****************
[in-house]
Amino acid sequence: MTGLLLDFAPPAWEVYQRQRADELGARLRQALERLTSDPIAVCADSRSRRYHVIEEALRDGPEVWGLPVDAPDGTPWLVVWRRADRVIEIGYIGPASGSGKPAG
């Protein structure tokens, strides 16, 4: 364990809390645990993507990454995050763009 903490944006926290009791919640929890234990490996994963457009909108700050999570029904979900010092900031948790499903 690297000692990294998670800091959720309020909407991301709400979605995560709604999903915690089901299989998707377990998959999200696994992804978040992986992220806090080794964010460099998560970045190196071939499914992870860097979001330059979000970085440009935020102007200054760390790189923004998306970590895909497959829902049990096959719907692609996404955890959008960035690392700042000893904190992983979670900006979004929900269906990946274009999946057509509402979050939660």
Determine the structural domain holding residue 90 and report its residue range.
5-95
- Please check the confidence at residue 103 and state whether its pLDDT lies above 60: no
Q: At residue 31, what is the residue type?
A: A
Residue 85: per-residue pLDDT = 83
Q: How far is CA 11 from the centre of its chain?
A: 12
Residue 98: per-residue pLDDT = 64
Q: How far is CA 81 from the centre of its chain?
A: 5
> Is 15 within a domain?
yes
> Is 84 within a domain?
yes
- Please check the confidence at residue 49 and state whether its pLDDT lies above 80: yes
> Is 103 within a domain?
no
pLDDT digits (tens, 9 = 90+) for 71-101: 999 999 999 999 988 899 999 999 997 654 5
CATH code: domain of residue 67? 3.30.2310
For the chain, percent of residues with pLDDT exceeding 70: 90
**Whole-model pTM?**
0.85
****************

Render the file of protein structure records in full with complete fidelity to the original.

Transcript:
[in-house]
Amino acid sequence: MTGLLLDFAPPAWEVYQRQRADELGARLRQALERLTSDPIAVCADSRSRRYHVIEEALRDGPEVWGLPVDAPDGTPWLVVWRRADRVIEIGYIGPASGSGKPAG
């Protein structure tokens, strides 16, 4: 364990809390645990993507990454995050763009 903490944006926290009791919640929890234990490996994963457009909108700050999570029904979900010092900031948790499903 690297000692990294998670800091959720309020909407991301709400979605995560709604999903915690089901299989998707377990998959999200696994992804978040992986992220806090080794964010460099998560970045190196071939499914992870860097979001330059979000970085440009935020102007200054760390790189923004998306970590895909497959829902049990096959719907692609996404955890959008960035690392700042000893904190992983979670900006979004929900269906990946274009999946057509509402979050939660």
Determine the structural domain holding residue 90 and report its residue range.
5-95
- Please check the confidence at residue 103 and state whether its pLDDT lies above 60: no
Q: At residue 31, what is the residue type?
A: A
Residue 85: per-residue pLDDT = 83
Q: How far is CA 11 from the centre of its chain?
A: 12
Residue 98: per-residue pLDDT = 64
Q: How far is CA 81 from the centre of its chain?
A: 5
> Is 15 within a domain?
yes
> Is 84 within a domain?
yes
- Please check the confidence at residue 49 and state whether its pLDDT lies above 80: yes
> Is 103 within a domain?
no
pLDDT digits (tens, 9 = 90+) for 71-101: 999 999 999 999 988 899 999 999 997 654 5
CATH code: domain of residue 67? 3.30.2310
For the chain, percent of residues with pLDDT exceeding 70: 90
**Whole-model pTM?**
0.85